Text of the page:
The incremental healthcare platforms of Clinton and Sanders are not identical, but they’re close enough to demolish the ubiquitous narrative that Democrats must choose between immediately trying to throw out the Affordable Care Act and implement a single-payer plan, or to improve the healthcare system we’re currently stuck with. You can have incremental reforms while building political momentum for more systemic change. In fact, this is a common road to comprehensive reform, such as we’ve seen in the movements for civil rights, gay marriage, and almost every other leap forward in our country’s protection of basic rights.
To find Clinton’s full range of healthcare proposals, you have to visit her health care issue page, her briefing on “Lowering Out-of-Pocket Health Care Costs,” and her briefing on “Lowering Prescription Drug Costs.” To find an analysis of Clinton’s healthcare platform… good luck! You may have to write it yourself.
Jill Stein Support for Medicare for All
Green Party presidential candidate Jill Stein supports an improved “Medicare for All” single-payer public health insurance program as a component of her “Power to the People Plan.” In January 2016, Stein co-authored a truthdig article with Margaret Flowers advocating for a national single-payer plan, criticizing both Democratic candidates for failing to publicly acknowledge the failings of the Affordable Care Act, particularly the privatization of the healthcare system at the heart of the ACA model of reform.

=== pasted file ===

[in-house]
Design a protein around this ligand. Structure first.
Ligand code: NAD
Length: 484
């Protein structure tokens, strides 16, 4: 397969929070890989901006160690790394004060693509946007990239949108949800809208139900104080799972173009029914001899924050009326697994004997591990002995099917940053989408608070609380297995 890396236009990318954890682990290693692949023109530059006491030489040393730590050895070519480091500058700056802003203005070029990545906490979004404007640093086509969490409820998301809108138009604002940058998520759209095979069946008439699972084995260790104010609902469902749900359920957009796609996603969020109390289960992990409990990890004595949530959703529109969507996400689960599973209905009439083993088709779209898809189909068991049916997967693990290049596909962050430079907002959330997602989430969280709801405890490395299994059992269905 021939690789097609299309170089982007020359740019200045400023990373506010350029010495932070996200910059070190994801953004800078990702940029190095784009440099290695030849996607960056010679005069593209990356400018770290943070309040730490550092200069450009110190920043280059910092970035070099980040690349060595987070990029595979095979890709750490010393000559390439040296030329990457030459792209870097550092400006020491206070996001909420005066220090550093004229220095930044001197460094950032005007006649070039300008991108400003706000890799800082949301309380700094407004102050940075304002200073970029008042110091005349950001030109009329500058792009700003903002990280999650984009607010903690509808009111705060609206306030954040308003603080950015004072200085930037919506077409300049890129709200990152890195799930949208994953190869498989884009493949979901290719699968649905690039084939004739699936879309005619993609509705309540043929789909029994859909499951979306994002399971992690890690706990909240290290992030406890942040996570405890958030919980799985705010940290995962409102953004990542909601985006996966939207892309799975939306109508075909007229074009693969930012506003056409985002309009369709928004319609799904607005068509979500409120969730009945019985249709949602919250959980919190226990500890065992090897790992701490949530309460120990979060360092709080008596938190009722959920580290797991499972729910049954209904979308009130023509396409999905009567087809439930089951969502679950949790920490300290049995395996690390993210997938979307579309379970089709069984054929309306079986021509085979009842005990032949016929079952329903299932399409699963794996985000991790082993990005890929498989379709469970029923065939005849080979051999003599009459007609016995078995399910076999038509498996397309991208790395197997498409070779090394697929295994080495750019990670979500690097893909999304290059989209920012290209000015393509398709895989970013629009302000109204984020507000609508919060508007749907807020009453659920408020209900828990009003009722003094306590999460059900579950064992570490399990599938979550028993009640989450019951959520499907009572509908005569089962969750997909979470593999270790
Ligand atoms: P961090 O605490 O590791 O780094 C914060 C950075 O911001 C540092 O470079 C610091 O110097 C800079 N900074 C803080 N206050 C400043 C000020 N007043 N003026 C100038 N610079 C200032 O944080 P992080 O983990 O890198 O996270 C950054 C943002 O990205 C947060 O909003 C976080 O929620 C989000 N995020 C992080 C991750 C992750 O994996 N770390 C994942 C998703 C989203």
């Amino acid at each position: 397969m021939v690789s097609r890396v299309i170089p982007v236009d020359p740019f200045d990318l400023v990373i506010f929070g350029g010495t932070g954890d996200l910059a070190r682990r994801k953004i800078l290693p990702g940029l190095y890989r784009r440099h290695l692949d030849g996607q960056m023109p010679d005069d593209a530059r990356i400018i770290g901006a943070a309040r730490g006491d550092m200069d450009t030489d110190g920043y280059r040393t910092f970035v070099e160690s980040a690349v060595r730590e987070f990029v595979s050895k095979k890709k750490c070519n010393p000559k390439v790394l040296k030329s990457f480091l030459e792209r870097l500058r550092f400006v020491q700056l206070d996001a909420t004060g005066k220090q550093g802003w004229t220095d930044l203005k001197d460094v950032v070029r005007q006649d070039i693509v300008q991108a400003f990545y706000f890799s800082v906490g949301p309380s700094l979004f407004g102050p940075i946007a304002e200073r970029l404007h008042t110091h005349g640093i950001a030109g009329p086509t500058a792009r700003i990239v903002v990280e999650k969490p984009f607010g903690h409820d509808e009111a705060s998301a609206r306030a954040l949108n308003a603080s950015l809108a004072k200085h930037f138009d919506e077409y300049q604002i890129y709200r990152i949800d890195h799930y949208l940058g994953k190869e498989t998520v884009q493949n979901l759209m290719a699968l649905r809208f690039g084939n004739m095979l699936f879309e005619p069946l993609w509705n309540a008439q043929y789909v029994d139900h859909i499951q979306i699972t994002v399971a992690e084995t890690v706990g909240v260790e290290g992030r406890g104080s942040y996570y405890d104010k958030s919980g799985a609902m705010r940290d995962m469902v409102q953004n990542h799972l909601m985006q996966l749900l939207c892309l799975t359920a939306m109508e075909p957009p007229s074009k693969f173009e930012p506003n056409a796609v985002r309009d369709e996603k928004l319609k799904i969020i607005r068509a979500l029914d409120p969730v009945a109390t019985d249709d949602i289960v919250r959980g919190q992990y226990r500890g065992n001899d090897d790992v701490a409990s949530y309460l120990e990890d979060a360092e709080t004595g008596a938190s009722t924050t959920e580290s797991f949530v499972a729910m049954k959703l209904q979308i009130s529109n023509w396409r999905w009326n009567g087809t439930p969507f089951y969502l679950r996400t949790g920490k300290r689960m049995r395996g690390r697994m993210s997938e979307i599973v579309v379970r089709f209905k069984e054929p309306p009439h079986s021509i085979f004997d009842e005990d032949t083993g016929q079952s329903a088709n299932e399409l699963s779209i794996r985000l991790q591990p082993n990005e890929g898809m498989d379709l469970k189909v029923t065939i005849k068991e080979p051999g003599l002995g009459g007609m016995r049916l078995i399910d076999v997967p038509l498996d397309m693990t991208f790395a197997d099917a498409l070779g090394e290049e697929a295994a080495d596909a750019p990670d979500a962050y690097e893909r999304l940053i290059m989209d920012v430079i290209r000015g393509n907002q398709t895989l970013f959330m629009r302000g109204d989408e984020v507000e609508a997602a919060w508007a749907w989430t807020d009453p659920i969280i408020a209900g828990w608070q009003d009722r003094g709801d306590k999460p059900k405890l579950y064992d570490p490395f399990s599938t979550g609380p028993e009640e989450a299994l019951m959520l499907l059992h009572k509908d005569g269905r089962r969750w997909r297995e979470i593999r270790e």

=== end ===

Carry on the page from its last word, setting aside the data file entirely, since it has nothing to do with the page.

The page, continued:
Public Opinion Polling on Single-Payer and Healthcare Reform
The presence of a leading Democratic candidate advocate for single-payer healthcare, and a leading Republican candidate with a history of support for single-payer, led to greater-than-usual attention to single-payer in public opinion polls. Here is our roundup, along with a critique of one particular poll.
- 58% of Americans favor “a national health plan in which all Americans would get their insurance through an expanded, universal form of Medicare-for-all,” including 81% of Democrats, 60% of Independents, and 30% of Republicans (Kaiser Health Tracking Poll: December 2015).
- A May 2016 poll by Gallup also found that 58% of Americans favor “replacing the ACA with a federally funded healthcare program providing insurance for all Americans”, including 73% of Democrats/Democratic leaners and 41% of Republicans/Republican leaners. Among those who support both preserving the Affordable Care Act and a universal, federally funded healthcare system, 64% say they prefer universal healthcare (Gallup U.S. Daily Poll, Affordable Care Act Approval: May 2016).